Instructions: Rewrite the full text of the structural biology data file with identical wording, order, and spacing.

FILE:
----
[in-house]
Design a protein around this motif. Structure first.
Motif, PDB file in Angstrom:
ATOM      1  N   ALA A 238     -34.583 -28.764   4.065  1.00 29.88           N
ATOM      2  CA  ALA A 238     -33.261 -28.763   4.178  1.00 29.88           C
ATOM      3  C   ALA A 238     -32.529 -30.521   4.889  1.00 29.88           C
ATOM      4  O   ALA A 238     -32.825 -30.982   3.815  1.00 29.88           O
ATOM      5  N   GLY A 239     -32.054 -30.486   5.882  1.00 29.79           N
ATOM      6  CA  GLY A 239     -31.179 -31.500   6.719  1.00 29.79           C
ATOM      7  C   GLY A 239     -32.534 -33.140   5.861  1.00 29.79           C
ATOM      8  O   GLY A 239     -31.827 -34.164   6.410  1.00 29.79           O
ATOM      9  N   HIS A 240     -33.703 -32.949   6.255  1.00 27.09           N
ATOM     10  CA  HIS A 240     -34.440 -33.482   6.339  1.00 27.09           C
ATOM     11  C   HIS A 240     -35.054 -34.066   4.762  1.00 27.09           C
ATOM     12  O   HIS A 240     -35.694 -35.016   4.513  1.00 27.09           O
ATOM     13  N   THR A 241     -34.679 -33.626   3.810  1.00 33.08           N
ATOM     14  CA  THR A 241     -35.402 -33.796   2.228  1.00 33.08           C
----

[in-house]
Design a protein around this motif. Structure first.
Motif, PDB file in Angstrom:
ATOM      1  N   ALA A 238     -34.583 -28.764   4.065  1.00 29.88           N
ATOM      2  CA  ALA A 238     -33.261 -28.763   4.178  1.00 29.88           C
ATOM      3  C   ALA A 238     -32.529 -30.521   4.889  1.00 29.88           C
ATOM      4  O   ALA A 238     -32.825 -30.982   3.815  1.00 29.88           O
ATOM      5  N   GLY A 239     -32.054 -30.486   5.882  1.00 29.79           N
ATOM      6  CA  GLY A 239     -31.179 -31.500   6.719  1.00 29.79           C
ATOM      7  C   GLY A 239     -32.534 -33.140   5.861  1.00 29.79           C
ATOM      8  O   GLY A 239     -31.827 -34.164   6.410  1.00 29.79           O
ATOM      9  N   HIS A 240     -33.703 -32.949   6.255  1.00 27.09           N
ATOM     10  CA  HIS A 240     -34.440 -33.482   6.339  1.00 27.09           C
ATOM     11  C   HIS A 240     -35.054 -34.066   4.762  1.00 27.09           C
ATOM     12  O   HIS A 240     -35.694 -35.016   4.513  1.00 27.09           O
ATOM     13  N   THR A 241     -34.679 -33.626   3.810  1.00 33.08           N
ATOM     14  CA  THR A 241     -35.402 -33.796   2.228  1.00 33.08           C